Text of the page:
Review Blog

May 22 2013

Prisoner in Alcatraz by Theresa Breslin

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Stoke, 2012. ISBN 9781781121245. 80p.
(Age 12+) Recommended. Easy Reads. Reluctant readers. Marty has been sent to Alcatraz, the prison for the most hardened criminals. It is located on an island and no one gets out of Alcatraz. When Marty, a skinny boy, arrives there he is targeted by Cut-throat Carter and Frank, two notorious prisoners. They need him to wriggle through a drain and make an impression of the key that will help them get out of the prison.
This is a very short novel that is aimed at struggling young readers and reluctant readers. However it is so engrossing that I read it in one sitting and I can imagine that anyone who picks it up will find it fascinating. I have been to Alcatraz and Breslin manages to paint a picture of what it was like to be imprisoned in those forbidding grey buildings. The prisoners faced a dreadful life, many were vicious and hardened and the dullness and conformity of their daily routines led to many planning riots and escapes.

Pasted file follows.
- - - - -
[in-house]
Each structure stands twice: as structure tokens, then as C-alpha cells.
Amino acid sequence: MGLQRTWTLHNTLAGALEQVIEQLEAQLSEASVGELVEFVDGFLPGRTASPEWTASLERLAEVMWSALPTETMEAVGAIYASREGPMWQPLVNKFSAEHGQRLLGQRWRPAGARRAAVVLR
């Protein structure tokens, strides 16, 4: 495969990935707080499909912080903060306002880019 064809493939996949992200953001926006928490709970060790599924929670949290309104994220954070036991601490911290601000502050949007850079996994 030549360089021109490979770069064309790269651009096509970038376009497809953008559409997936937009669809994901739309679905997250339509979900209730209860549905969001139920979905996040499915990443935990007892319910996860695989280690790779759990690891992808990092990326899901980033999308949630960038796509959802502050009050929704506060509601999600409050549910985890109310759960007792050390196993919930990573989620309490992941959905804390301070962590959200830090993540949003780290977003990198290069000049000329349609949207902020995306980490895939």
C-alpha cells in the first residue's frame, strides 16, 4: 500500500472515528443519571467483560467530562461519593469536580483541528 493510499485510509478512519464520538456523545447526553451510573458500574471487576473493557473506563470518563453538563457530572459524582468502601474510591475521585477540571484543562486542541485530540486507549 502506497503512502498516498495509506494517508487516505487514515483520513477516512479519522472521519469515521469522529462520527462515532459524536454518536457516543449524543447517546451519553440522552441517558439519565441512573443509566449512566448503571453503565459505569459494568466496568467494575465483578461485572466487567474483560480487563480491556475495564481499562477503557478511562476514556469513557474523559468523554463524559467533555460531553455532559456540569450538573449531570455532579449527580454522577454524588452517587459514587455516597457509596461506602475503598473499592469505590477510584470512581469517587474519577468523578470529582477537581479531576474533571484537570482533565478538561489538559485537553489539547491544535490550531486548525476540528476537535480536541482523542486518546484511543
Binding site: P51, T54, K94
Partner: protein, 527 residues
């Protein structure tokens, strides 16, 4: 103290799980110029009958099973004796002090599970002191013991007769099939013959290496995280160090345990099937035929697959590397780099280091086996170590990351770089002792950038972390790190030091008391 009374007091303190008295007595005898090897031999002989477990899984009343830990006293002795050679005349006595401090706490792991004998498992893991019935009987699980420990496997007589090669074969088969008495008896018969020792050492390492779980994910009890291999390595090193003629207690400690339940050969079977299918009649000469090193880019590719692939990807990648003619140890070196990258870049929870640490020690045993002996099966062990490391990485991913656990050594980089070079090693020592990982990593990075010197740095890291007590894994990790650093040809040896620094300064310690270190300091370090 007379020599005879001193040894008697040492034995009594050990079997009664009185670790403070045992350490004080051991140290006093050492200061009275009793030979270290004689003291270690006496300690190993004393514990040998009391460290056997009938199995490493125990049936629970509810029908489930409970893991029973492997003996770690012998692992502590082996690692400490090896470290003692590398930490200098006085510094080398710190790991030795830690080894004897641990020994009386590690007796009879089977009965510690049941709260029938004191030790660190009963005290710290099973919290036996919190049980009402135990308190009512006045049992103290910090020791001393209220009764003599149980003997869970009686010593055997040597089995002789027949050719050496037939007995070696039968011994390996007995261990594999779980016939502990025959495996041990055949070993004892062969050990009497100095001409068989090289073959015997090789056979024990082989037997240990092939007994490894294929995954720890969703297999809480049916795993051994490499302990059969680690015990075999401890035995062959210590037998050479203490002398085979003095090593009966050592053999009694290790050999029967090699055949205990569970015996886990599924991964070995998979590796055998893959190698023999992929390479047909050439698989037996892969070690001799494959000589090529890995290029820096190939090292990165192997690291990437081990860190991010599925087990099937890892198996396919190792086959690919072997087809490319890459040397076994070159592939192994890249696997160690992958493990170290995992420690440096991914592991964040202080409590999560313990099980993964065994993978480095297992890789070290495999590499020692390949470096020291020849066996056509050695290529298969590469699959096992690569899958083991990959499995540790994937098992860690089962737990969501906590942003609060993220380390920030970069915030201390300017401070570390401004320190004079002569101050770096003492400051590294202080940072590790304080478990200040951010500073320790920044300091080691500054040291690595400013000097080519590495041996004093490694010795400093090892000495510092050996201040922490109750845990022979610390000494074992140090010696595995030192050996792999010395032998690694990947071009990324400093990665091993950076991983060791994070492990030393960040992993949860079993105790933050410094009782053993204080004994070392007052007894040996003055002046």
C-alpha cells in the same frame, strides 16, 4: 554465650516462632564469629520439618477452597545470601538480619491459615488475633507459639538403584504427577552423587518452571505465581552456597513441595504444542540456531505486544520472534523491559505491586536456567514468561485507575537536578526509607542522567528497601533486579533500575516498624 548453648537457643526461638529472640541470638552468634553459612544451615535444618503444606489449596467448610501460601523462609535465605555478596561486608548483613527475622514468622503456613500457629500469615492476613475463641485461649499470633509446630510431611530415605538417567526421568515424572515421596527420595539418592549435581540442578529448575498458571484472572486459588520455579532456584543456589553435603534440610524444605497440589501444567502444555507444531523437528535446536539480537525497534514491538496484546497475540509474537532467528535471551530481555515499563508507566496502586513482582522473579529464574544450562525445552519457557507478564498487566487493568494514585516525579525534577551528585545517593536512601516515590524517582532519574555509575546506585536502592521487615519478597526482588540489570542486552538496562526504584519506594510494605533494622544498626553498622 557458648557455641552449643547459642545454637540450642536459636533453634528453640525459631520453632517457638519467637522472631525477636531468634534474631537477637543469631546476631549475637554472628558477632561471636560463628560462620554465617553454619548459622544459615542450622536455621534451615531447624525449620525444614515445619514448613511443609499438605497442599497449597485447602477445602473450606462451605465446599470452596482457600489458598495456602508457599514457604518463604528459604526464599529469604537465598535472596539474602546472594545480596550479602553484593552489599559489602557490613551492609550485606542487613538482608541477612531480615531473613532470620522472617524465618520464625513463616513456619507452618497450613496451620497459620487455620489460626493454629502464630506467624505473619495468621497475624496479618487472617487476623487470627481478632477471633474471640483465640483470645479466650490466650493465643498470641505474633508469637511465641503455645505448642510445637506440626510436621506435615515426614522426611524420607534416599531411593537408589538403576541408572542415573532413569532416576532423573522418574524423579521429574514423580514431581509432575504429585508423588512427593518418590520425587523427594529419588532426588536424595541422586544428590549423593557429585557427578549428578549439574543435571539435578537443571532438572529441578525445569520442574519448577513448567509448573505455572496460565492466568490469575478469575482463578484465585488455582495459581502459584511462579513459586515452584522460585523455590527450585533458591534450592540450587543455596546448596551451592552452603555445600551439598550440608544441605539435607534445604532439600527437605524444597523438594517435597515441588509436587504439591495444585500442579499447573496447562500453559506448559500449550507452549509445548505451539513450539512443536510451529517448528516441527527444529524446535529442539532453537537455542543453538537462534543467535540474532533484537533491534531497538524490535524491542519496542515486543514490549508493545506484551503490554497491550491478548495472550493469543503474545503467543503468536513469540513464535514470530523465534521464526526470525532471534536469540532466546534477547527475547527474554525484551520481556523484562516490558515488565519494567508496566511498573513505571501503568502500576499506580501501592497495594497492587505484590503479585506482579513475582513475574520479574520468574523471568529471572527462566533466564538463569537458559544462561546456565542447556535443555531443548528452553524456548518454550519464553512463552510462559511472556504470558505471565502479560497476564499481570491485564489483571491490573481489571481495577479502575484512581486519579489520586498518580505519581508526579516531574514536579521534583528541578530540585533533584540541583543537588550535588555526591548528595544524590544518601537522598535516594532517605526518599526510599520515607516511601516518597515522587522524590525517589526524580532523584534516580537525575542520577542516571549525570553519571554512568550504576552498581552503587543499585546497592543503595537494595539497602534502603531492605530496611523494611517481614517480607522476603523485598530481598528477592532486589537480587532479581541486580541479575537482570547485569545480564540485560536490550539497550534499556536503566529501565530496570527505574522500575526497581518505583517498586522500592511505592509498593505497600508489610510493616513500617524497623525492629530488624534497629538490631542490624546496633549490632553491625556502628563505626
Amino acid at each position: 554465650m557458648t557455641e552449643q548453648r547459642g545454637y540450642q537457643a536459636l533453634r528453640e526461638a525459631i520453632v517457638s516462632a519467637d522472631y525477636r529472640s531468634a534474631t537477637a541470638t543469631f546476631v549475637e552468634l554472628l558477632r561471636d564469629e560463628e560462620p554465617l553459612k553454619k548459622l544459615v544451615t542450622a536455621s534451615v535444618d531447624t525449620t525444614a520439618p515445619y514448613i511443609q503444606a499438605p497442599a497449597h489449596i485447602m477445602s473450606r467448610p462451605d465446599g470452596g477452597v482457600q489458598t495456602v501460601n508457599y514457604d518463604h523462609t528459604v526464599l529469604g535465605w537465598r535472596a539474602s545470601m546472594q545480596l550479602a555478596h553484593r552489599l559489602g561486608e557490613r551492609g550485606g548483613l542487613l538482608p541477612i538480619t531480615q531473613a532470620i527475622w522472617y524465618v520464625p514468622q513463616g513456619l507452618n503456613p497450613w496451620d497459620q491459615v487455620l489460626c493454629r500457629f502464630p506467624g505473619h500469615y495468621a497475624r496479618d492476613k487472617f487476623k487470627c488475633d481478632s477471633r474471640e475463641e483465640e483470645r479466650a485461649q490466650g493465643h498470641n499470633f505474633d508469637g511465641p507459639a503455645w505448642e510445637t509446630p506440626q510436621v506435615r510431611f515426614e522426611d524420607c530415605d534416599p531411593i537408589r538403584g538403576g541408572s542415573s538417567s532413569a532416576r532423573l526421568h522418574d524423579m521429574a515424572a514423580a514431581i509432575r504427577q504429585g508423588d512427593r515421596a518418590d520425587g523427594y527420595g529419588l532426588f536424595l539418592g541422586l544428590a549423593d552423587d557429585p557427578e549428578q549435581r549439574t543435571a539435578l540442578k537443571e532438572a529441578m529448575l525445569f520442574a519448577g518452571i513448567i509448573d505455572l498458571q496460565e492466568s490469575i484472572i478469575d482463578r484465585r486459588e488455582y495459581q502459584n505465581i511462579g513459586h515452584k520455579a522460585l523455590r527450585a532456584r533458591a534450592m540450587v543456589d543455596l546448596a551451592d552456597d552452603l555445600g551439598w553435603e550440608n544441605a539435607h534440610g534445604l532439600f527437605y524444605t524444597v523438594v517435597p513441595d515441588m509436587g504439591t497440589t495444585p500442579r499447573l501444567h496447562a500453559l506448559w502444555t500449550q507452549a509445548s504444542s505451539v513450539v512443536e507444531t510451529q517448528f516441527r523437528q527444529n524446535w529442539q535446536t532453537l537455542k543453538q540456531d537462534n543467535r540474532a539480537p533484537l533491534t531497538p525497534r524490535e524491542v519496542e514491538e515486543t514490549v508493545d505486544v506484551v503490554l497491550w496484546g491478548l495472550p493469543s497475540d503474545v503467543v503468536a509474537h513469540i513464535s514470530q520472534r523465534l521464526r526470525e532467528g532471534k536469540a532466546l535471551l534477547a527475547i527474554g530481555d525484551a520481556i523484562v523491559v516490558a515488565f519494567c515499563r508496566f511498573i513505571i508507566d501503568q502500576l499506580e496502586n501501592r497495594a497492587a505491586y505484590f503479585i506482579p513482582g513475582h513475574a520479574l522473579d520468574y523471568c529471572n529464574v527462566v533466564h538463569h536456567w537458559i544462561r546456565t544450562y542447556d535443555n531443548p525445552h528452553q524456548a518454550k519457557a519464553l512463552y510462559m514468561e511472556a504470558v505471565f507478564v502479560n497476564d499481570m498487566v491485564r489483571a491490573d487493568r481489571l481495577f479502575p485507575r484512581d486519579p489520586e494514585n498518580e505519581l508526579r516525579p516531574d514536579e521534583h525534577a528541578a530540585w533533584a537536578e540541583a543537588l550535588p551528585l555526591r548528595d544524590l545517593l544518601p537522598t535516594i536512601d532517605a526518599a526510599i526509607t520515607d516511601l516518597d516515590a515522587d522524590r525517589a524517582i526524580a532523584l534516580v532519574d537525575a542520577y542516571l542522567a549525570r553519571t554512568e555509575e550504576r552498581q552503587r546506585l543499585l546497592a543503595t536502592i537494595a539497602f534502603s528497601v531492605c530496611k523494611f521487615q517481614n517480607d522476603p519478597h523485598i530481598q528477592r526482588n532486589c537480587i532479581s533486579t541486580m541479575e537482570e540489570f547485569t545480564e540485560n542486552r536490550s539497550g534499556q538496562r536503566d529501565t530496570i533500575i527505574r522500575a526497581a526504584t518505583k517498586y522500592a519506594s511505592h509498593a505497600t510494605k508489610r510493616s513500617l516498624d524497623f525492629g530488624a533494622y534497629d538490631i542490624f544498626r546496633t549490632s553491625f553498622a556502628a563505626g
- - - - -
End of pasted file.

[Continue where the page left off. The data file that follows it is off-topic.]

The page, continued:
However it is the voice of young Marty that brings the story to life. Although he has killed two people and tried to escape from prison, the reader is able to imagine what sort of person he is. He is easily led and his naivety is apparent and so as a reader I was able to sympathise with him. Marty knows that what he has done is wrong.
This book will have lots of appeal because of its themes of crime, gangsters, a notorious prison, prison escapes and homelessness.
Pat Pledger

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